Policy bite: Primary (health) care: what’s in a name?

March, 2014

español

Each month, WONCA President elect, Professor Amanda Howe writes a policy bite column for WONCA News. This month, she features a joint effort with Monica Burns and Luisa Pettigrew.


There is widespread international support for the establishment of universal health coverage, with frequent reference to the essential role of primary health care in order to achieve this. However what does primary health care actually mean? Is it the same as primary care? Where does family medicine fit? The answer is not straightforward, as evidence suggests that these terms can mean different things to different people, and that the terms are often used interchangeably.

The 1978 Declaration of Alma Ata originally identified five principles underpinning ‘primary health care’ including; (i) equity in access, (ii) community participation, (iii) the effective and appropriate use of technology, (iv) inter-sectorial collaboration and (v) the provision of affordable and sustainable health care. Yet varying interpretations of the declaration led to ‘selective primary health care’ programmes, today paralleled by ‘vertical’ programmes, that have resulted in limited investment in health system strengthening in favour of condition specific programmes - hardly the scope envisaged at Alma Ata!
 
The 2008 World Health Report, Primary Health Care: Now More than Ever, revisited the concept, identifying (i) universal coverage, (ii) leadership, (iii) public policy, and (iv) service delivery reforms as essential to delivering ‘primary health care’. The report identified the distinctive features of ‘primary care’ as the mechanism to deliver this more equitable, person-centred care with better health outcomes, and the role of the ‘primary care team’ as the hub of coordination, networking with the community and outside partners.

Based on this we could consider the term ‘primary care’ to refer to the health service delivery aspect of the wider political, social and economic concept of ‘primary health care’. Yet the two terms are often used interchangeably. Recently a European public consultation led by an expert panel on defining ‘a frame of reference in relation to primary care‘ used the terms interchangeably, and - whilst proposing a definition that is in line with much of the preceding international research defining the concept - it also outlines that primary care is not a static concept.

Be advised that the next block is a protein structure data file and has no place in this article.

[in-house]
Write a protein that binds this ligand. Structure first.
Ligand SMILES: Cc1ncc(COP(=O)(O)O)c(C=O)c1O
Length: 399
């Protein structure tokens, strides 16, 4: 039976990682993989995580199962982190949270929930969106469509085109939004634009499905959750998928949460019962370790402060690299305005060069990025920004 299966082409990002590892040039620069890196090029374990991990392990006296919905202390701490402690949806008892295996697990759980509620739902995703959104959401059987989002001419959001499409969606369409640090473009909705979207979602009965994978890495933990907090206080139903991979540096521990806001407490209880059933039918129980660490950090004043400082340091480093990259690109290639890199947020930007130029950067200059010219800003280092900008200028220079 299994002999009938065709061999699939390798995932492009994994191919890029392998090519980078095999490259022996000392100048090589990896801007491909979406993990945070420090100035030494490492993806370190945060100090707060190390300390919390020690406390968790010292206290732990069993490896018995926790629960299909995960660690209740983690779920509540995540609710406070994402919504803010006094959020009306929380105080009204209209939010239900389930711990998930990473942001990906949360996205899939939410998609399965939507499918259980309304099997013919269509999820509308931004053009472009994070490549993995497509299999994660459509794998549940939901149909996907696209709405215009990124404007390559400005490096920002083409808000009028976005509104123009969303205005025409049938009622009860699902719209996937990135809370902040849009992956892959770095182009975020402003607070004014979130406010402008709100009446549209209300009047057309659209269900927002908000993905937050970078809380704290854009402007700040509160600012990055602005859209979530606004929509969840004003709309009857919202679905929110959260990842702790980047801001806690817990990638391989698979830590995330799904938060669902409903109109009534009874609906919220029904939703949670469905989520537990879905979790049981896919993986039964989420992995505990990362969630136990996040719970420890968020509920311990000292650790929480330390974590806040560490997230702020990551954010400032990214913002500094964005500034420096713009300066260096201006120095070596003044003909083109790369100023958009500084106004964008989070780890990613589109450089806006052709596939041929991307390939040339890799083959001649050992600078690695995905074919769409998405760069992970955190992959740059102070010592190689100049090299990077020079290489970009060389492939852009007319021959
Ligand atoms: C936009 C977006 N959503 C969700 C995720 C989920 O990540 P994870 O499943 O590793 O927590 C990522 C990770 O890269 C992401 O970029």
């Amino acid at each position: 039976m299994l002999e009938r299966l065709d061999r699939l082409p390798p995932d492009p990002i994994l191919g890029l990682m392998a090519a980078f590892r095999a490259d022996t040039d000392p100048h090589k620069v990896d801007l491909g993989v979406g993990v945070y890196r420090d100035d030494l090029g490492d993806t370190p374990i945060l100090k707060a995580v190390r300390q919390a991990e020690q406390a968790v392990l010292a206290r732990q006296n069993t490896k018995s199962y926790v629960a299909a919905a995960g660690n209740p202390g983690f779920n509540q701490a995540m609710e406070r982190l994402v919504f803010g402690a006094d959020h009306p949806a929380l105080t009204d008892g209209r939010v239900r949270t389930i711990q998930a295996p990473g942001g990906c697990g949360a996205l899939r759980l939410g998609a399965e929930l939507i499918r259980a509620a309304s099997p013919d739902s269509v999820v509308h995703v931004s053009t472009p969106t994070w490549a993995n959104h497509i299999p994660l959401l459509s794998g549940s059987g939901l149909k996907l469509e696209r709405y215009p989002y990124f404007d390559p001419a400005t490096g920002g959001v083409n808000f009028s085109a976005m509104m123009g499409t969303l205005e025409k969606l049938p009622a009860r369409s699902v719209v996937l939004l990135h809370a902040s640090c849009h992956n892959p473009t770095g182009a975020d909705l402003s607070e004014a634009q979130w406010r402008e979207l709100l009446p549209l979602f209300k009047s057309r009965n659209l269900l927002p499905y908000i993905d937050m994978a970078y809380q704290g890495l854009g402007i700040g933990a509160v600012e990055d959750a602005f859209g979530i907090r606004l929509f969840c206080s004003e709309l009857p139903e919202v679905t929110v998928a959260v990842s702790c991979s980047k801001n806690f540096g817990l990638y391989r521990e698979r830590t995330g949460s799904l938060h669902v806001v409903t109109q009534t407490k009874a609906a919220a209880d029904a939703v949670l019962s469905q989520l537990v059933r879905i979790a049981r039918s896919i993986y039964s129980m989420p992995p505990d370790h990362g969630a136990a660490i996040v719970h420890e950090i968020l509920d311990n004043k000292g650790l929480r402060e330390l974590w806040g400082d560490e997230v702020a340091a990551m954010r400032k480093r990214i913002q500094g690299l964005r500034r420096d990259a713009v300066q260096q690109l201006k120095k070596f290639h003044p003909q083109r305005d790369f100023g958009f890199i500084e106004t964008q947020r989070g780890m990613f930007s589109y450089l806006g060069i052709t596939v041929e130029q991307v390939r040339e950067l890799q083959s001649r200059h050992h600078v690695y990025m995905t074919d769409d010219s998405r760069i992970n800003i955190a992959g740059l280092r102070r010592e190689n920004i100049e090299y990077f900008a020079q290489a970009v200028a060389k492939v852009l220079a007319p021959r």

The point of this policy bite is to note that, globally, packages of care referred to as ‘primary care’ are often extremely variable and sometimes so limited that they would be unlikely to provide accessible, community based, comprehensive care in a coordinated and continuous fashion. This is often because, for a range for political, economic and social reasons, policy makers, funders and even healthcare professionals have tended to seek secondary care-oriented solutions rather than primary care-oriented solutions.

In order to work towards a common goal, the pressing challenge facing all stakeholders, including individual governments, multilateral and non-governmental development organisations as well as healthcare professionals, is to ensure that the labels used and the actual services associated with those labels are understood in the same way, have the same meaning between all of the parties, and actually utilise the five pillars of care that underpin effective health care for the people.

Amanda Howe
Monica Burns
Luisa Pettigrew